On the Fourth of July, it’s a special kind of uncomfortable being brown in New England. After all, this the land on which this misadventure called America started. I’m writing this from Providence. Across the bay, on ancestral Wampanoag land now called Bristol, the waumpeshau (white folks) staged a parade and now a display of fireworks for their country. These are the same people who come to powwows wide-eyed, asking me “how much Indian blood” I have—a Narragansett grandmother, perhaps? Or maybe Cherokee? But you are 16/16 settler. Your people have more Indian and African blood on your hands than I do in my whole family.
Leave it to settlers to show up uninvited and ask all the wrong questions, I say to myself as the fireworks erupt in the night. Is this what King Philip’s War sounded like? Is this what Gaza sounds like? I didn’t make any plans for the Fourth because I hold this truth to be self-evident: America was never great. It was never intended for me insofar as it was built on my ancestors’ suffering.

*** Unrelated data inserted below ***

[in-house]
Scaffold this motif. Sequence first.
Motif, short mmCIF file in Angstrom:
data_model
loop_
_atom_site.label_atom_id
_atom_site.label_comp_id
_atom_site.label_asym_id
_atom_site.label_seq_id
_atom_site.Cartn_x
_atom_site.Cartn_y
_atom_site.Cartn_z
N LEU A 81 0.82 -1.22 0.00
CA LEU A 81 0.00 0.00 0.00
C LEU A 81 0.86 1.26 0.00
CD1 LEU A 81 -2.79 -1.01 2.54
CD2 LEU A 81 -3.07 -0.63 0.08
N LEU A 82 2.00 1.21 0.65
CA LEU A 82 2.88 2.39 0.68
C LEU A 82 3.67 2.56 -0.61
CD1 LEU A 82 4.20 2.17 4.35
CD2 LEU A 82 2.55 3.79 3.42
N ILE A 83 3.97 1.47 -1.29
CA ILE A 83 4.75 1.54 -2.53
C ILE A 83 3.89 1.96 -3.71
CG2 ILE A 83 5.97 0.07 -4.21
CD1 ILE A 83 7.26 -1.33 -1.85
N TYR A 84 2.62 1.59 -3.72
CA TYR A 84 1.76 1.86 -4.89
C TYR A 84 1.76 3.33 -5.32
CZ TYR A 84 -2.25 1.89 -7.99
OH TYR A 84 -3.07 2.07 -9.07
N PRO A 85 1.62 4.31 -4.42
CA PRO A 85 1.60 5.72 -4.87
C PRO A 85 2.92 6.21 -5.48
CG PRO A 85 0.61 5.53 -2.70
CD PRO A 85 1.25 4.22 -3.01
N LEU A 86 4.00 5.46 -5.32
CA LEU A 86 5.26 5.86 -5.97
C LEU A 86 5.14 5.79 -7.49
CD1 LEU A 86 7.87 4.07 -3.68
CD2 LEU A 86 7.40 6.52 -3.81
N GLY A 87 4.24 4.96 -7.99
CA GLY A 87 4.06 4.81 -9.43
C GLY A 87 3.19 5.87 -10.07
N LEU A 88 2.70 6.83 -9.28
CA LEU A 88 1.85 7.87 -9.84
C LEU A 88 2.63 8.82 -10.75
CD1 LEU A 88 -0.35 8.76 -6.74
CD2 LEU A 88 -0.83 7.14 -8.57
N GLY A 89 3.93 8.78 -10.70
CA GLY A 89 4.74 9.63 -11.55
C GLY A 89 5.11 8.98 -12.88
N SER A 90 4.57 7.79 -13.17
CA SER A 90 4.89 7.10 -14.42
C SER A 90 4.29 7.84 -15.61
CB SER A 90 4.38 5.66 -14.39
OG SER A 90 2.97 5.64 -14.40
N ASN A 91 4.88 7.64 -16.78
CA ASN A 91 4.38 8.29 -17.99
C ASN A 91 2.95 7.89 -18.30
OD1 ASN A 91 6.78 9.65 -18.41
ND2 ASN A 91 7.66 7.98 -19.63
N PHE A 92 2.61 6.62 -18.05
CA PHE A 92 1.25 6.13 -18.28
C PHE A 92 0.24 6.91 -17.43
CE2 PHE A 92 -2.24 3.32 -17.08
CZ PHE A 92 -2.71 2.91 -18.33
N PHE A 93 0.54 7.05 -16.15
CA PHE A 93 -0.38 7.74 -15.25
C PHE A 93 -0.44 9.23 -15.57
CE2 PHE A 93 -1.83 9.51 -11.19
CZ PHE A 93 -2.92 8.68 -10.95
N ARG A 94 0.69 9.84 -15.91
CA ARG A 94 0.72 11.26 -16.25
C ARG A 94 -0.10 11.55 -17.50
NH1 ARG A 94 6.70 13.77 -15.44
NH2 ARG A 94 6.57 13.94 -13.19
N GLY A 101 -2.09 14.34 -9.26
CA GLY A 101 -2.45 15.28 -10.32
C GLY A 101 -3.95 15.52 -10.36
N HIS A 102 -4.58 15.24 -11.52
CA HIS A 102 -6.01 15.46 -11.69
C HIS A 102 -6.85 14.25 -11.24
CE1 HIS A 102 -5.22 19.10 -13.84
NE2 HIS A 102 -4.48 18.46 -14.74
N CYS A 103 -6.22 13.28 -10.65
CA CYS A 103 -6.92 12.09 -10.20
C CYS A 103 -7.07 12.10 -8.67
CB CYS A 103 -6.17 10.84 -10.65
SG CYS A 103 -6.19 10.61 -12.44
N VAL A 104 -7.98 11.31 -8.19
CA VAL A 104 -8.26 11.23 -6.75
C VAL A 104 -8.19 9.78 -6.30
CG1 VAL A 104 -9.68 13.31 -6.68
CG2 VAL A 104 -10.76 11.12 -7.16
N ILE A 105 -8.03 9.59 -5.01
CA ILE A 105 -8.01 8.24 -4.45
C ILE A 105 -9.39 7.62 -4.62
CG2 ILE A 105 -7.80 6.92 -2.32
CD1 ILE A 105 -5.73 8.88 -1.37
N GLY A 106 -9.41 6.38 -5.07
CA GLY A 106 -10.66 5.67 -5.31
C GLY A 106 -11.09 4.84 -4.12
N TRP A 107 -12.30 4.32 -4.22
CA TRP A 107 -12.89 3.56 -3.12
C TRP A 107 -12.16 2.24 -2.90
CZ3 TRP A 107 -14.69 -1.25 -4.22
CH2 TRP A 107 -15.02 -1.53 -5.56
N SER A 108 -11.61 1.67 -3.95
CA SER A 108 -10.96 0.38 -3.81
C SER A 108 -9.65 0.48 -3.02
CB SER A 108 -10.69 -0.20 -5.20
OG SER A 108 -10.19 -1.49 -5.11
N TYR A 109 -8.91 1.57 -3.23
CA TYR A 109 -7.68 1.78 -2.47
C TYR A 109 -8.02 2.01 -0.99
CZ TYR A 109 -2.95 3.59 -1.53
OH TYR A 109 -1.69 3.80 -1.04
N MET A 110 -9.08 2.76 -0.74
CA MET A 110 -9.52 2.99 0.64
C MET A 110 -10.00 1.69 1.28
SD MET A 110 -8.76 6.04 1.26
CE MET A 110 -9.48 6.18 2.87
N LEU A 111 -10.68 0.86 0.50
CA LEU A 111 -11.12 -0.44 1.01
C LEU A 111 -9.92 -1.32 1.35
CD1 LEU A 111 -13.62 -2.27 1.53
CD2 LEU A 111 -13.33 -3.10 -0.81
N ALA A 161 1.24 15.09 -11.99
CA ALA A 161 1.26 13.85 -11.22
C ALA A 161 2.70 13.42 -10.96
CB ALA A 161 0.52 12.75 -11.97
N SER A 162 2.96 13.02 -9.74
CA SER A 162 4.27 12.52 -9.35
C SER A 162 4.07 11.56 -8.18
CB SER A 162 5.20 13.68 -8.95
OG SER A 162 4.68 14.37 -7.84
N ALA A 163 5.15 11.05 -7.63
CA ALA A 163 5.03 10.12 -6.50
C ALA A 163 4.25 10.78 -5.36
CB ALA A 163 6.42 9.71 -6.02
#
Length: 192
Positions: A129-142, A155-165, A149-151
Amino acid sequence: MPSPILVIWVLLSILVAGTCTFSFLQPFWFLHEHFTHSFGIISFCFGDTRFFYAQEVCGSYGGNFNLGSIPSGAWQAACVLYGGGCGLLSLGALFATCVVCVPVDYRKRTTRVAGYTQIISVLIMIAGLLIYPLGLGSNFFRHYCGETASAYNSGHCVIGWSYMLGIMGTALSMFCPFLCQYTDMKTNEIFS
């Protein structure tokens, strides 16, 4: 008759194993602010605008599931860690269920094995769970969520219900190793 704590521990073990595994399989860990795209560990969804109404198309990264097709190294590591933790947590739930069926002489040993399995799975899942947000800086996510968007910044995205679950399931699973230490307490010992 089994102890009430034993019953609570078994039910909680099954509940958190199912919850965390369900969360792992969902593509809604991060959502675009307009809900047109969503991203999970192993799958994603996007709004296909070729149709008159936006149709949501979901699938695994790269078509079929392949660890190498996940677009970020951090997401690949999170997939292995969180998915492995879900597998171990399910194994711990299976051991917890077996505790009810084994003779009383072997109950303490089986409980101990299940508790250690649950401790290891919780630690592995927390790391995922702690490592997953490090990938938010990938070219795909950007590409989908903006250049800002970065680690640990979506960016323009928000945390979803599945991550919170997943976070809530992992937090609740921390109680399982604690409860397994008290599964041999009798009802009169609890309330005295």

But maybe I’m thinking too much. No white people approached me at Mashpee, probably because I wasn’t in regalia, or more likely, because I had resting bitch face after getting stuck in Cape traffic. An hour west and a day later, in Providence, the fireworks are still going strong even though it’s approaching eleven o’clock. I’m sitting in the living room of my childhood home watching TV with my family. When the Celtics game ended, my dad turned the channel to a show about men fixing up old cars.
“This is stupid,” my sister said, wrinkling her nose at the TV. “It’s like a Normal Rockwell painting.” America, America: would Normal Rockwell have painted Ferguson? Are people going to think I was shady for being in Providence and not going to anyone’s cookouts?
Or maybe I’m not asking the right questions. Either way, my legs are still a little sore from yesterday, but I’m glad I came back. My clothes still smell like outdoors, sage and bug spray: after all, sometimes the strongest medicine is just coming home.